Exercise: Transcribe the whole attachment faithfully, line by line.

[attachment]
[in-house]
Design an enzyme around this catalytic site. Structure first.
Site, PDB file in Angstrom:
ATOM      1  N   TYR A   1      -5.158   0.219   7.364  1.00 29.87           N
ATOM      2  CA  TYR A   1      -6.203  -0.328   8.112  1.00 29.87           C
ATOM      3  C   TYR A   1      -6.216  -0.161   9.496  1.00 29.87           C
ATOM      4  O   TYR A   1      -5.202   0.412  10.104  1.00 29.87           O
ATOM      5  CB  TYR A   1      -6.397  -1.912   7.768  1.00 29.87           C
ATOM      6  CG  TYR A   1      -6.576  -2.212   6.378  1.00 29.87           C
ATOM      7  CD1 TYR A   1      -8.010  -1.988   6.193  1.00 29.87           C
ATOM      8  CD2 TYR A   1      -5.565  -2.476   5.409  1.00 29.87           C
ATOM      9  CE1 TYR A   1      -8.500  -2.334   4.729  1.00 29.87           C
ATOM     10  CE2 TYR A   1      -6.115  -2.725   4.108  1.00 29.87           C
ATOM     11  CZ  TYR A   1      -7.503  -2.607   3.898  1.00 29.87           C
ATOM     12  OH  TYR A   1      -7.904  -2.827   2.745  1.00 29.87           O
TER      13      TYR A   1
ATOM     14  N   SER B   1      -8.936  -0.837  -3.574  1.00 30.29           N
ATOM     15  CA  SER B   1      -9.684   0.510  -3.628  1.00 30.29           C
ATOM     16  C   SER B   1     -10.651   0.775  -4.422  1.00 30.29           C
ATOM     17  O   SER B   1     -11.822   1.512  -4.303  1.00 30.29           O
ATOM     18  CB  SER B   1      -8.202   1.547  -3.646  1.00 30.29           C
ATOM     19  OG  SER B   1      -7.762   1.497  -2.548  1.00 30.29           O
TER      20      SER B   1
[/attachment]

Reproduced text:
[in-house]
Design an enzyme around this catalytic site. Structure first.
Site, PDB file in Angstrom:
ATOM      1  N   TYR A   1      -5.158   0.219   7.364  1.00 29.87           N
ATOM      2  CA  TYR A   1      -6.203  -0.328   8.112  1.00 29.87           C
ATOM      3  C   TYR A   1      -6.216  -0.161   9.496  1.00 29.87           C
ATOM      4  O   TYR A   1      -5.202   0.412  10.104  1.00 29.87           O
ATOM      5  CB  TYR A   1      -6.397  -1.912   7.768  1.00 29.87           C
ATOM      6  CG  TYR A   1      -6.576  -2.212   6.378  1.00 29.87           C
ATOM      7  CD1 TYR A   1      -8.010  -1.988   6.193  1.00 29.87           C
ATOM      8  CD2 TYR A   1      -5.565  -2.476   5.409  1.00 29.87           C
ATOM      9  CE1 TYR A   1      -8.500  -2.334   4.729  1.00 29.87           C
ATOM     10  CE2 TYR A   1      -6.115  -2.725   4.108  1.00 29.87           C
ATOM     11  CZ  TYR A   1      -7.503  -2.607   3.898  1.00 29.87           C
ATOM     12  OH  TYR A   1      -7.904  -2.827   2.745  1.00 29.87           O
TER      13      TYR A   1
ATOM     14  N   SER B   1      -8.936  -0.837  -3.574  1.00 30.29           N
ATOM     15  CA  SER B   1      -9.684   0.510  -3.628  1.00 30.29           C
ATOM     16  C   SER B   1     -10.651   0.775  -4.422  1.00 30.29           C
ATOM     17  O   SER B   1     -11.822   1.512  -4.303  1.00 30.29           O
ATOM     18  CB  SER B   1      -8.202   1.547  -3.646  1.00 30.29           C
ATOM     19  OG  SER B   1      -7.762   1.497  -2.548  1.00 30.29           O
TER      20      SER B   1